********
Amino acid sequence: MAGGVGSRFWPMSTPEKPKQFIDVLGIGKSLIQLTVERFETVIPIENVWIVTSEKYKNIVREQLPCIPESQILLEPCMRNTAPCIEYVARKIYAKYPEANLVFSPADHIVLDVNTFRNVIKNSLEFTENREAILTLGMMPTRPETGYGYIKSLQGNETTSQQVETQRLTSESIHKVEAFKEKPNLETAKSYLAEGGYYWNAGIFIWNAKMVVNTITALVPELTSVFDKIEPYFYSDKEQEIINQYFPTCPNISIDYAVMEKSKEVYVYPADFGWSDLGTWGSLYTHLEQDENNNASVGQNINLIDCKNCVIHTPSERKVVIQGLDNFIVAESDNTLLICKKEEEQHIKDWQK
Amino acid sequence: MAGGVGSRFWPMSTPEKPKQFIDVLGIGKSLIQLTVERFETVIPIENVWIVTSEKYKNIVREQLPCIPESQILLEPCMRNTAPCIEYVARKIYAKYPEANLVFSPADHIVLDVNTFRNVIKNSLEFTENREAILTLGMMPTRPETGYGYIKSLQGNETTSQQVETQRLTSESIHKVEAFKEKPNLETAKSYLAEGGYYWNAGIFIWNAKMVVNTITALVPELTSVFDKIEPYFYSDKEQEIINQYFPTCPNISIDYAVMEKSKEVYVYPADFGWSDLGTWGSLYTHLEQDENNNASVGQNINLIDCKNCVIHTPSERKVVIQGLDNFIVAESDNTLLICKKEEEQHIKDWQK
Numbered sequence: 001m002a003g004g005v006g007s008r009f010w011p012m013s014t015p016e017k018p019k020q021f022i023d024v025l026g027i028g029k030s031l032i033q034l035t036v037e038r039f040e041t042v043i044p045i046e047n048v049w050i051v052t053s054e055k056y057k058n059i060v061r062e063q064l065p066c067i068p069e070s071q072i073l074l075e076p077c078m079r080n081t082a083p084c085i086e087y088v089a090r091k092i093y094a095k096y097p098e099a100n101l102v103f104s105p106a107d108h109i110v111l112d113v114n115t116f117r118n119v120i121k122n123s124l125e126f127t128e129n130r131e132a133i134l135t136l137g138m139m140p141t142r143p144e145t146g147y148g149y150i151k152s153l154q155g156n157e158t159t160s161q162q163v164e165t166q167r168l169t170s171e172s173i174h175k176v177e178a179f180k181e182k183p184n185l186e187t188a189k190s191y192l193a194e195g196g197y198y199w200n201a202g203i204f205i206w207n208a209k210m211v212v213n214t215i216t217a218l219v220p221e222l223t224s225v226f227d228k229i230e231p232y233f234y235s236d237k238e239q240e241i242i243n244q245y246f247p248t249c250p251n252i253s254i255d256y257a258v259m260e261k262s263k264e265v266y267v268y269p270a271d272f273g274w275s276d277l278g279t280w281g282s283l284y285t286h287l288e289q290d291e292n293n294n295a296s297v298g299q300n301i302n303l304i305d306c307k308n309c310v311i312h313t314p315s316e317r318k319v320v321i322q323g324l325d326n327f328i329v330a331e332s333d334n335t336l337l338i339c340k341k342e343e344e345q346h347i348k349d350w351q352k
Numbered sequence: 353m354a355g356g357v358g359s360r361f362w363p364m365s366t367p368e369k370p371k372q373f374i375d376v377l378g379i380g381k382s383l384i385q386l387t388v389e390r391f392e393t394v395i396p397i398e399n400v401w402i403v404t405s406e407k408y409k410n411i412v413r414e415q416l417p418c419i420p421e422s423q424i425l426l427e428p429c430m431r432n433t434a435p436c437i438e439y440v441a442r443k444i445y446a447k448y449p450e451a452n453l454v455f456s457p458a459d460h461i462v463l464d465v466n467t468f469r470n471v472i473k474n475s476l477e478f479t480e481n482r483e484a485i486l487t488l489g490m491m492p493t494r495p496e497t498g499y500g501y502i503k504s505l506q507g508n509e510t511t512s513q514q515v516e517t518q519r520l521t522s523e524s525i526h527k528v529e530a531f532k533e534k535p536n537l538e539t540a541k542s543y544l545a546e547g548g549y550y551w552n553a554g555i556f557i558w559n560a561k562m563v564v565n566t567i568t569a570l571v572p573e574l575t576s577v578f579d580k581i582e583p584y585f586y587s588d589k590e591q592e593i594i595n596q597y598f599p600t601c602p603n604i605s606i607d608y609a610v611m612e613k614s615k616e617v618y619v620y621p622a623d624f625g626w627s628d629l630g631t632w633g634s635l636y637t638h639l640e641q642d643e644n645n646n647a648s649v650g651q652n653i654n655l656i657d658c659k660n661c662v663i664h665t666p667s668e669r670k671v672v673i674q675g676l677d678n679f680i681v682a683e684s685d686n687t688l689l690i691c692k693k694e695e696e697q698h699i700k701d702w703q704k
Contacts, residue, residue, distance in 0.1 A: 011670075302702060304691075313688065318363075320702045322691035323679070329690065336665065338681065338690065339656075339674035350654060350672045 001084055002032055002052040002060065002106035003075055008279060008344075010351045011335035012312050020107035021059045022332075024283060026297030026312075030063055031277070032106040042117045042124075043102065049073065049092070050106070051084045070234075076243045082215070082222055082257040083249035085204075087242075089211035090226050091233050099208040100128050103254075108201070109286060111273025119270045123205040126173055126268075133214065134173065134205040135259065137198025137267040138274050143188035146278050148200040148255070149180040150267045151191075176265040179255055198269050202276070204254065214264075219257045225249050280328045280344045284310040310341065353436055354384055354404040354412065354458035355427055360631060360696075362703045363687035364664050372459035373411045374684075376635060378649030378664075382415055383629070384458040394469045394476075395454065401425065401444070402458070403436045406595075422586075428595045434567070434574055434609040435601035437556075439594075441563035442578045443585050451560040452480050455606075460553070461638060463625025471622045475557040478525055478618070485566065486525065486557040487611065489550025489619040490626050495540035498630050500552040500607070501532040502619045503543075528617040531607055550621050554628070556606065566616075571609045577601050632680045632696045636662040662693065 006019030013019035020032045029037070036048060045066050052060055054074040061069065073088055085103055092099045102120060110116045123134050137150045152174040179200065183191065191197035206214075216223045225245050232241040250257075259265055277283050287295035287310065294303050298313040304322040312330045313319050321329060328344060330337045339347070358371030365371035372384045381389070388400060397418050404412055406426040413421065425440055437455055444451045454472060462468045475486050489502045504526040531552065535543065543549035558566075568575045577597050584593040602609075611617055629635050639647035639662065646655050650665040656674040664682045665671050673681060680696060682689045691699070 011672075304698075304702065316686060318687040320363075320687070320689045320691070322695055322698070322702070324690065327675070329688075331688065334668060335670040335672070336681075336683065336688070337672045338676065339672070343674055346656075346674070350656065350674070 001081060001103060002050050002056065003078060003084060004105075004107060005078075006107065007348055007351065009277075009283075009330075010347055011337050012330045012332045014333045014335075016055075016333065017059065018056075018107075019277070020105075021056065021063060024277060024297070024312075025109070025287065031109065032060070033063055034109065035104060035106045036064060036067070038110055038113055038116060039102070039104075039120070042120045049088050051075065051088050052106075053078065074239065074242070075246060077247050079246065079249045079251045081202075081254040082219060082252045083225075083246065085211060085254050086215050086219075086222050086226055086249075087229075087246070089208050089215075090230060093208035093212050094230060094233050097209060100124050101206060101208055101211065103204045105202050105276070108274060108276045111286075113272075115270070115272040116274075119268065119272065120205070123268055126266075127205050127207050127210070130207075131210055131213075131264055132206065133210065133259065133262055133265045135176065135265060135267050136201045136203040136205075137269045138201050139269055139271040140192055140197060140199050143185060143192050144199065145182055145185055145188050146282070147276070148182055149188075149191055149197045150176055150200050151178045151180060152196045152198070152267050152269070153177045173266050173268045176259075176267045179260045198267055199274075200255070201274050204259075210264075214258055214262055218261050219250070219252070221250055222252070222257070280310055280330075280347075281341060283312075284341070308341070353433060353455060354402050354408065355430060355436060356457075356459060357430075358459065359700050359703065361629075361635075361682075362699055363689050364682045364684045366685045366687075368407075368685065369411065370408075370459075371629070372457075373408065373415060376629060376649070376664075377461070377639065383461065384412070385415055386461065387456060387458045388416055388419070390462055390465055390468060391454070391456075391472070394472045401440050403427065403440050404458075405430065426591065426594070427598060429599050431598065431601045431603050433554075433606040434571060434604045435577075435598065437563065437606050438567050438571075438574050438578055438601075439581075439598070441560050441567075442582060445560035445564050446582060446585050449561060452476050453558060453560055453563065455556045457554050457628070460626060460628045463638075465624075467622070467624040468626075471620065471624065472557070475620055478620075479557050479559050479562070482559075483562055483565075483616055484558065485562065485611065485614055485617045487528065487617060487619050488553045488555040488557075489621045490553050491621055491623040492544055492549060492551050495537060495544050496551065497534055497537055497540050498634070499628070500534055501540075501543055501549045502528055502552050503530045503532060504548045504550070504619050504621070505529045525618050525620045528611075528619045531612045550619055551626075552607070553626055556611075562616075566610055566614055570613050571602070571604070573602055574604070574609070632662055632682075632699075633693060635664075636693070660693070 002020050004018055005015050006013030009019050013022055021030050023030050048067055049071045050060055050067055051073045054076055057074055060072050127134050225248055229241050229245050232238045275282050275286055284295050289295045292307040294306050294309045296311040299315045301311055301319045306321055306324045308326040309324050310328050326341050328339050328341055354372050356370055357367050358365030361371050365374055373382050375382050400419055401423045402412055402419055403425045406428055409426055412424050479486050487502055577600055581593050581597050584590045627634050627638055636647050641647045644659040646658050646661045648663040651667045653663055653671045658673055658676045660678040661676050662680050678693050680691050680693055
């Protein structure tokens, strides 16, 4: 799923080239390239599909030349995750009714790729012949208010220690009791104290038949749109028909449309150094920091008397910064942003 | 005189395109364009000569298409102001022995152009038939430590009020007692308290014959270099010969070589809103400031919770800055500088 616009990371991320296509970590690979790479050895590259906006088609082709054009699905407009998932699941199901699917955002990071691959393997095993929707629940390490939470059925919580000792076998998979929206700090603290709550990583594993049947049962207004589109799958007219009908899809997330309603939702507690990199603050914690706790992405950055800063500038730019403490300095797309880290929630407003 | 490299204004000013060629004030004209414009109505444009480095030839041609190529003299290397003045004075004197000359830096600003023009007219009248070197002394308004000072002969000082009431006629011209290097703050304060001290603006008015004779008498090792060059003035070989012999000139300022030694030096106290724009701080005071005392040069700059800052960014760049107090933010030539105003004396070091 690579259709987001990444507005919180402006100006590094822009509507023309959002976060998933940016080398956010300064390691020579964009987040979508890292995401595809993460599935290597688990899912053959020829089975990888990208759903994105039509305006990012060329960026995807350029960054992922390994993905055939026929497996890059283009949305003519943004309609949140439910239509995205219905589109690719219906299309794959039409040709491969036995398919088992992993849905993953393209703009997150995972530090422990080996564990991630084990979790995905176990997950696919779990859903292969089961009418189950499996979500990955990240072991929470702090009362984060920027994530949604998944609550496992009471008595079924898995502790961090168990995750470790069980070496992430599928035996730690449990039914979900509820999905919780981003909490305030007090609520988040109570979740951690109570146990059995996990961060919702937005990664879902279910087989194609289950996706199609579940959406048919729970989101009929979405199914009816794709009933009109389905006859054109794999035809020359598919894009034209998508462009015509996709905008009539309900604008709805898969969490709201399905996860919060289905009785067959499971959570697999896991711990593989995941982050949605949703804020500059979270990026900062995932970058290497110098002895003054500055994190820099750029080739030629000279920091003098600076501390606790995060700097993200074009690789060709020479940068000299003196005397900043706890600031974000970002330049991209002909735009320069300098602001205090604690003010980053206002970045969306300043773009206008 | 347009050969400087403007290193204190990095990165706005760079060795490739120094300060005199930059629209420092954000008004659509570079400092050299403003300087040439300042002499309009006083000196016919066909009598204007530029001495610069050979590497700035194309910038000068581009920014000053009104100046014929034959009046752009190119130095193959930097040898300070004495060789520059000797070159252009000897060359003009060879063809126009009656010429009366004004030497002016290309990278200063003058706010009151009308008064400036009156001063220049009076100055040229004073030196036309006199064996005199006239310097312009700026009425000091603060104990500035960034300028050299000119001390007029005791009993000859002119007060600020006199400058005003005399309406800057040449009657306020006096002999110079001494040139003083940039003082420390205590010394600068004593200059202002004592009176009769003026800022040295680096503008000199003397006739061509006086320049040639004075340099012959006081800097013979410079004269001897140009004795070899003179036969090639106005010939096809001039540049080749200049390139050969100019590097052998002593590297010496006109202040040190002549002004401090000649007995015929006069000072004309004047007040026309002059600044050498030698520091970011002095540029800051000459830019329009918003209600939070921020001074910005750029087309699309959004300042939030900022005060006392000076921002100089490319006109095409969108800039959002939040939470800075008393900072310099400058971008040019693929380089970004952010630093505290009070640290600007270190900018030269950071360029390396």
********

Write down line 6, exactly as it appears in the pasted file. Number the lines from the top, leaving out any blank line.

């Protein structure tokens, strides 16, 4: 799923080239390239599909030349995750009714790729012949208010220690009791104290038949749109028909449309150094920091008397910064942003 | 005189395109364009000569298409102001022995152009038939430590009020007692308290014959270099010969070589809103400031919770800055500088 616009990371991320296509970590690979790479050895590259906006088609082709054009699905407009998932699941199901699917955002990071691959393997095993929707629940390490939470059925919580000792076998998979929206700090603290709550990583594993049947049962207004589109799958007219009908899809997330309603939702507690990199603050914690706790992405950055800063500038730019403490300095797309880290929630407003 | 490299204004000013060629004030004209414009109505444009480095030839041609190529003299290397003045004075004197000359830096600003023009007219009248070197002394308004000072002969000082009431006629011209290097703050304060001290603006008015004779008498090792060059003035070989012999000139300022030694030096106290724009701080005071005392040069700059800052960014760049107090933010030539105003004396070091 690579259709987001990444507005919180402006100006590094822009509507023309959002976060998933940016080398956010300064390691020579964009987040979508890292995401595809993460599935290597688990899912053959020829089975990888990208759903994105039509305006990012060329960026995807350029960054992922390994993905055939026929497996890059283009949305003519943004309609949140439910239509995205219905589109690719219906299309794959039409040709491969036995398919088992992993849905993953393209703009997150995972530090422990080996564990991630084990979790995905176990997950696919779990859903292969089961009418189950499996979500990955990240072991929470702090009362984060920027994530949604998944609550496992009471008595079924898995502790961090168990995750470790069980070496992430599928035996730690449990039914979900509820999905919780981003909490305030007090609520988040109570979740951690109570146990059995996990961060919702937005990664879902279910087989194609289950996706199609579940959406048919729970989101009929979405199914009816794709009933009109389905006859054109794999035809020359598919894009034209998508462009015509996709905008009539309900604008709805898969969490709201399905996860919060289905009785067959499971959570697999896991711990593989995941982050949605949703804020500059979270990026900062995932970058290497110098002895003054500055994190820099750029080739030629000279920091003098600076501390606790995060700097993200074009690789060709020479940068000299003196005397900043706890600031974000970002330049991209002909735009320069300098602001205090604690003010980053206002970045969306300043773009206008 | 347009050969400087403007290193204190990095990165706005760079060795490739120094300060005199930059629209420092954000008004659509570079400092050299403003300087040439300042002499309009006083000196016919066909009598204007530029001495610069050979590497700035194309910038000068581009920014000053009104100046014929034959009046752009190119130095193959930097040898300070004495060789520059000797070159252009000897060359003009060879063809126009009656010429009366004004030497002016290309990278200063003058706010009151009308008064400036009156001063220049009076100055040229004073030196036309006199064996005199006239310097312009700026009425000091603060104990500035960034300028050299000119001390007029005791009993000859002119007060600020006199400058005003005399309406800057040449009657306020006096002999110079001494040139003083940039003082420390205590010394600068004593200059202002004592009176009769003026800022040295680096503008000199003397006739061509006086320049040639004075340099012959006081800097013979410079004269001897140009004795070899003179036969090639106005010939096809001039540049080749200049390139050969100019590097052998002593590297010496006109202040040190002549002004401090000649007995015929006069000072004309004047007040026309002059600044050498030698520091970011002095540029800051000459830019329009918003209600939070921020001074910005750029087309699309959004300042939030900022005060006392000076921002100089490319006109095409969108800039959002939040939470800075008393900072310099400058971008040019693929380089970004952010630093505290009070640290600007270190900018030269950071360029390396």